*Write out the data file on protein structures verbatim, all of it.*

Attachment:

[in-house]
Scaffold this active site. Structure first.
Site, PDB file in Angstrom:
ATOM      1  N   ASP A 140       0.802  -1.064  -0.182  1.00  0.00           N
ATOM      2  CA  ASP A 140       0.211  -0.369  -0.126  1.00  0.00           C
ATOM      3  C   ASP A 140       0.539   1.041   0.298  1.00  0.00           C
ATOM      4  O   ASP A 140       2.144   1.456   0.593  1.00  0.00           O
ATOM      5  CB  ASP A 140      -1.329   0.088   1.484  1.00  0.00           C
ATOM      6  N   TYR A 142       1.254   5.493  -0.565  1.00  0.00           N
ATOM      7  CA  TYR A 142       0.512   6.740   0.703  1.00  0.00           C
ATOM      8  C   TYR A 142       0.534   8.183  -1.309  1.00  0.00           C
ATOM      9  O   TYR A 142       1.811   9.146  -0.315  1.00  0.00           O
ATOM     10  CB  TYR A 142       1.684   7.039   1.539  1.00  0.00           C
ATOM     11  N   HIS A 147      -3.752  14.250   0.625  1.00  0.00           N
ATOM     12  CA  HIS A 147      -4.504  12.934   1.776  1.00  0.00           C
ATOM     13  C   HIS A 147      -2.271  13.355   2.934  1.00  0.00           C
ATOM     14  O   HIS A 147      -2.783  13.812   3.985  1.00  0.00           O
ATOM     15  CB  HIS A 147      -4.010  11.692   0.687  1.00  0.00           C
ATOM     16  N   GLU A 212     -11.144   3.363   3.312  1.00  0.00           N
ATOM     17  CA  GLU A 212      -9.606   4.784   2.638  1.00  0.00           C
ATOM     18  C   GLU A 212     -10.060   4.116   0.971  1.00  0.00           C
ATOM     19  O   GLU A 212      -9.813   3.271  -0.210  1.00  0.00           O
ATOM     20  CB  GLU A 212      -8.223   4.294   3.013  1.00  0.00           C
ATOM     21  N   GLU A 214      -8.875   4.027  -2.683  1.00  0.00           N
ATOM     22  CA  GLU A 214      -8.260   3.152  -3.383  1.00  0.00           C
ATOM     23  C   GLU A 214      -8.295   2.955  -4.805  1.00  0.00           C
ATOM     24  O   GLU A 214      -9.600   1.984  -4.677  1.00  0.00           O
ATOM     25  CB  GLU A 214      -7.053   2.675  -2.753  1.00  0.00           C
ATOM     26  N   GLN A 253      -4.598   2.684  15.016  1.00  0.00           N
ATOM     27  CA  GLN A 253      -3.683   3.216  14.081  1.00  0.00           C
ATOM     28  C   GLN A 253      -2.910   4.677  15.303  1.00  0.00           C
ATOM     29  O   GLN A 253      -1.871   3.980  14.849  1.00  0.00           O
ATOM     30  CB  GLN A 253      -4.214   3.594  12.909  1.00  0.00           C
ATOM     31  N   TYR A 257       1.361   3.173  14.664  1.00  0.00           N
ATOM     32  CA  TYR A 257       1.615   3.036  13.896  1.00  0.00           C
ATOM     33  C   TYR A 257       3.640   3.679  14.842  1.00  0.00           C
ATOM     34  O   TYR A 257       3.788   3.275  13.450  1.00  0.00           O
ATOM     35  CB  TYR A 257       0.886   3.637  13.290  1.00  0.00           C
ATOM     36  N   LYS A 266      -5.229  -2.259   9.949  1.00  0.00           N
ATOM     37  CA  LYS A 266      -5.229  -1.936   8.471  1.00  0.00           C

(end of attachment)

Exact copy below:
[in-house]
Scaffold this active site. Structure first.
Site, PDB file in Angstrom:
ATOM      1  N   ASP A 140       0.802  -1.064  -0.182  1.00  0.00           N
ATOM      2  CA  ASP A 140       0.211  -0.369  -0.126  1.00  0.00           C
ATOM      3  C   ASP A 140       0.539   1.041   0.298  1.00  0.00           C
ATOM      4  O   ASP A 140       2.144   1.456   0.593  1.00  0.00           O
ATOM      5  CB  ASP A 140      -1.329   0.088   1.484  1.00  0.00           C
ATOM      6  N   TYR A 142       1.254   5.493  -0.565  1.00  0.00           N
ATOM      7  CA  TYR A 142       0.512   6.740   0.703  1.00  0.00           C
ATOM      8  C   TYR A 142       0.534   8.183  -1.309  1.00  0.00           C
ATOM      9  O   TYR A 142       1.811   9.146  -0.315  1.00  0.00           O
ATOM     10  CB  TYR A 142       1.684   7.039   1.539  1.00  0.00           C
ATOM     11  N   HIS A 147      -3.752  14.250   0.625  1.00  0.00           N
ATOM     12  CA  HIS A 147      -4.504  12.934   1.776  1.00  0.00           C
ATOM     13  C   HIS A 147      -2.271  13.355   2.934  1.00  0.00           C
ATOM     14  O   HIS A 147      -2.783  13.812   3.985  1.00  0.00           O
ATOM     15  CB  HIS A 147      -4.010  11.692   0.687  1.00  0.00           C
ATOM     16  N   GLU A 212     -11.144   3.363   3.312  1.00  0.00           N
ATOM     17  CA  GLU A 212      -9.606   4.784   2.638  1.00  0.00           C
ATOM     18  C   GLU A 212     -10.060   4.116   0.971  1.00  0.00           C
ATOM     19  O   GLU A 212      -9.813   3.271  -0.210  1.00  0.00           O
ATOM     20  CB  GLU A 212      -8.223   4.294   3.013  1.00  0.00           C
ATOM     21  N   GLU A 214      -8.875   4.027  -2.683  1.00  0.00           N
ATOM     22  CA  GLU A 214      -8.260   3.152  -3.383  1.00  0.00           C
ATOM     23  C   GLU A 214      -8.295   2.955  -4.805  1.00  0.00           C
ATOM     24  O   GLU A 214      -9.600   1.984  -4.677  1.00  0.00           O
ATOM     25  CB  GLU A 214      -7.053   2.675  -2.753  1.00  0.00           C
ATOM     26  N   GLN A 253      -4.598   2.684  15.016  1.00  0.00           N
ATOM     27  CA  GLN A 253      -3.683   3.216  14.081  1.00  0.00           C
ATOM     28  C   GLN A 253      -2.910   4.677  15.303  1.00  0.00           C
ATOM     29  O   GLN A 253      -1.871   3.980  14.849  1.00  0.00           O
ATOM     30  CB  GLN A 253      -4.214   3.594  12.909  1.00  0.00           C
ATOM     31  N   TYR A 257       1.361   3.173  14.664  1.00  0.00           N
ATOM     32  CA  TYR A 257       1.615   3.036  13.896  1.00  0.00           C
ATOM     33  C   TYR A 257       3.640   3.679  14.842  1.00  0.00           C
ATOM     34  O   TYR A 257       3.788   3.275  13.450  1.00  0.00           O
ATOM     35  CB  TYR A 257       0.886   3.637  13.290  1.00  0.00           C
ATOM     36  N   LYS A 266      -5.229  -2.259   9.949  1.00  0.00           N
ATOM     37  CA  LYS A 266      -5.229  -1.936   8.471  1.00  0.00           C